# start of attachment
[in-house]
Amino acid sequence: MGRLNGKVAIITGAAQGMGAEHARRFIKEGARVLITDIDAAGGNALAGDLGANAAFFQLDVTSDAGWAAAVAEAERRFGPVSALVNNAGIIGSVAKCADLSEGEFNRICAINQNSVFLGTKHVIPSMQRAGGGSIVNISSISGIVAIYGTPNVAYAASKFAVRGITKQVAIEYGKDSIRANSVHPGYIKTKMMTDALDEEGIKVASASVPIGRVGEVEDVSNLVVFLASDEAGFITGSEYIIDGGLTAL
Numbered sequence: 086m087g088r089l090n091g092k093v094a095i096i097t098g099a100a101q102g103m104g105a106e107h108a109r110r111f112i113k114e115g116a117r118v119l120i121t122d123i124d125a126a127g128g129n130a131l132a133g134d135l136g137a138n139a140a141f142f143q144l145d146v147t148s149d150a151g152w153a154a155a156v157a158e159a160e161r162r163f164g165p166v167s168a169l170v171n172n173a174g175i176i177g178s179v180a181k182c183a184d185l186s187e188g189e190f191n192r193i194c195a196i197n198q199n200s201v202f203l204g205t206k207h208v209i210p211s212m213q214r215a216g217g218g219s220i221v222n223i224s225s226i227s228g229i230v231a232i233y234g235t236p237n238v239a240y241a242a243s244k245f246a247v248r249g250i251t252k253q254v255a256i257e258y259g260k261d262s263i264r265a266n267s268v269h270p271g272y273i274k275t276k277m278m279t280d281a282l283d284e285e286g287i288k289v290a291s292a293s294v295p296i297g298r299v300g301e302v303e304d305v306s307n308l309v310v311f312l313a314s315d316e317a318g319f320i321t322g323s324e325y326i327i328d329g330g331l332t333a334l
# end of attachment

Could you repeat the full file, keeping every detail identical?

[in-house]
Amino acid sequence: MGRLNGKVAIITGAAQGMGAEHARRFIKEGARVLITDIDAAGGNALAGDLGANAAFFQLDVTSDAGWAAAVAEAERRFGPVSALVNNAGIIGSVAKCADLSEGEFNRICAINQNSVFLGTKHVIPSMQRAGGGSIVNISSISGIVAIYGTPNVAYAASKFAVRGITKQVAIEYGKDSIRANSVHPGYIKTKMMTDALDEEGIKVASASVPIGRVGEVEDVSNLVVFLASDEAGFITGSEYIIDGGLTAL
Numbered sequence: 086m087g088r089l090n091g092k093v094a095i096i097t098g099a100a101q102g103m104g105a106e107h108a109r110r111f112i113k114e115g116a117r118v119l120i121t122d123i124d125a126a127g128g129n130a131l132a133g134d135l136g137a138n139a140a141f142f143q144l145d146v147t148s149d150a151g152w153a154a155a156v157a158e159a160e161r162r163f164g165p166v167s168a169l170v171n172n173a174g175i176i177g178s179v180a181k182c183a184d185l186s187e188g189e190f191n192r193i194c195a196i197n198q199n200s201v202f203l204g205t206k207h208v209i210p211s212m213q214r215a216g217g218g219s220i221v222n223i224s225s226i227s228g229i230v231a232i233y234g235t236p237n238v239a240y241a242a243s244k245f246a247v248r249g250i251t252k253q254v255a256i257e258y259g260k261d262s263i264r265a266n267s268v269h270p271g272y273i274k275t276k277m278m279t280d281a282l283d284e285e286g287i288k289v290a291s292a293s294v295p296i297g298r299v300g301e302v303e304d305v306s307n308l309v310v311f312l313a314s315d316e317a318g319f320i321t322g323s324e325y326i327i328d329g330g331l332t333a334l